Google rules the search advertising market
Facebook (FB) is testing search ads in parts of North America, suggesting the company’s intention to take on Google (GOOGL), which has excelled in serving up ads that appear in search results. To be clear, Facebook is not new to the concept of serving up search ads. Back in 2012, the company experimented with search ads, but the initiative didn’t last long and was shut down in 2013.
Google is in a class of its own in the search ad business. In the United States, it’s expected to capture 71% of the search ad market in 2018, according to eMarketer. Worldwide, Google has generated 59.6% of search ad revenue in 2018, beating its main rivals Baidu (BIDU) and Microsoft (MSFT) by a wide margin. Baidu and Microsoft are expected to capture 6.5% and 3.3% of worldwide search ad revenue, respectively, in 2018.
Facebook has nearly doubled its audience since 2013
If Facebook couldn’t continue its search ad initiative five years ago, perhaps because of the strong competition it faced at that time, what makes it think it can succeed this time around? A lot has changed since Facebook’s last attempt, and its management could now be more confident about successfully challenging Google in the search ad market.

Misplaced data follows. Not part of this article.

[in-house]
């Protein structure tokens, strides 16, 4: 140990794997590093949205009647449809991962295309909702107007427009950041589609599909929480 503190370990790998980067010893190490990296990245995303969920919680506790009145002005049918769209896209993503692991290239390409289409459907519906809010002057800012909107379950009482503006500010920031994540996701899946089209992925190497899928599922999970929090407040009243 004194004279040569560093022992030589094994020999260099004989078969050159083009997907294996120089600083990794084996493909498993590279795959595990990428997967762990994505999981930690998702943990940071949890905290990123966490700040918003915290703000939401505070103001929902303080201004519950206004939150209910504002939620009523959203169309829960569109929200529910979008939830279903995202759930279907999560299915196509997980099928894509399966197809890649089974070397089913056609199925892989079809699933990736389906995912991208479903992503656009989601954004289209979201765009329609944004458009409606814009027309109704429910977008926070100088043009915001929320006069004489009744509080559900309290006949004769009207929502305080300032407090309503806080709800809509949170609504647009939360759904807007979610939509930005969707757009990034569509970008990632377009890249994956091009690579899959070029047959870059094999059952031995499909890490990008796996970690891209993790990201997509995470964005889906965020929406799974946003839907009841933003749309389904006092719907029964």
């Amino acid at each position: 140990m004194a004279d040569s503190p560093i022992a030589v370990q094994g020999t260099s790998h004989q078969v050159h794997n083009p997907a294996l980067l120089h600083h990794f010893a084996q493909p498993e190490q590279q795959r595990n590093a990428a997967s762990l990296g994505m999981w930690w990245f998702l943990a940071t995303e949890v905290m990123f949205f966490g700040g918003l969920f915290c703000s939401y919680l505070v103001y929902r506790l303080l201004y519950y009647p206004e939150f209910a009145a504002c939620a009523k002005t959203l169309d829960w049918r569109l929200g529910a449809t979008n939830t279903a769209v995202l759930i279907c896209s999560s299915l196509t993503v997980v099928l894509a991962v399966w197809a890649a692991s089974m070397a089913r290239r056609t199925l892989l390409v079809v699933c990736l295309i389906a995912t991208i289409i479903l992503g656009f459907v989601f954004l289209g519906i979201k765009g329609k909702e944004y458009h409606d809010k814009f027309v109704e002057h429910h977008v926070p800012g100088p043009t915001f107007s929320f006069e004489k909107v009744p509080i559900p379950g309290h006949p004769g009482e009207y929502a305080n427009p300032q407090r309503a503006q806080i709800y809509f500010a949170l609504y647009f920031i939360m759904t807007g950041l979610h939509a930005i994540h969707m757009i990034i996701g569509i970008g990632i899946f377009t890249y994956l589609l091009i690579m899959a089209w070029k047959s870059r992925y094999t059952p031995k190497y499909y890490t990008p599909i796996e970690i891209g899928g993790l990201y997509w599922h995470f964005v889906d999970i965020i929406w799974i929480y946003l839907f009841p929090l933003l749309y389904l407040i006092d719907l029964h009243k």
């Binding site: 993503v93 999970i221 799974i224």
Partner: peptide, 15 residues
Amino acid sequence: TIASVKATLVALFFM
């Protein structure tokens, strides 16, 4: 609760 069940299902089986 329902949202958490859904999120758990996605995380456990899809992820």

For example, Facebook closed 2013 with 1.2 billion monthly active users, and now it boasts 2.3 billion monthly active users, according to its third-quarter report. The company has a much larger audience to target with search ads. Additionally, Facebook has launched a marketplace platform, meaning that search ads could be more relevant to its subscribers now by pointing them to sites where they can purchase the items they want.
Google isn’t the only threat to Facebook’s search ambitions
Facebook is still facing an uphill battle as it vies for search ad dollars. In addition to Google, Baidu, and Microsoft, Amazon (AMZN) has also emerged as a strong force in the digital advertising space, mostly by serving up search ads targeting shoppers. In the third quarter, revenue increased 122% year-over-year in the segment that houses Amazon’s advertising business.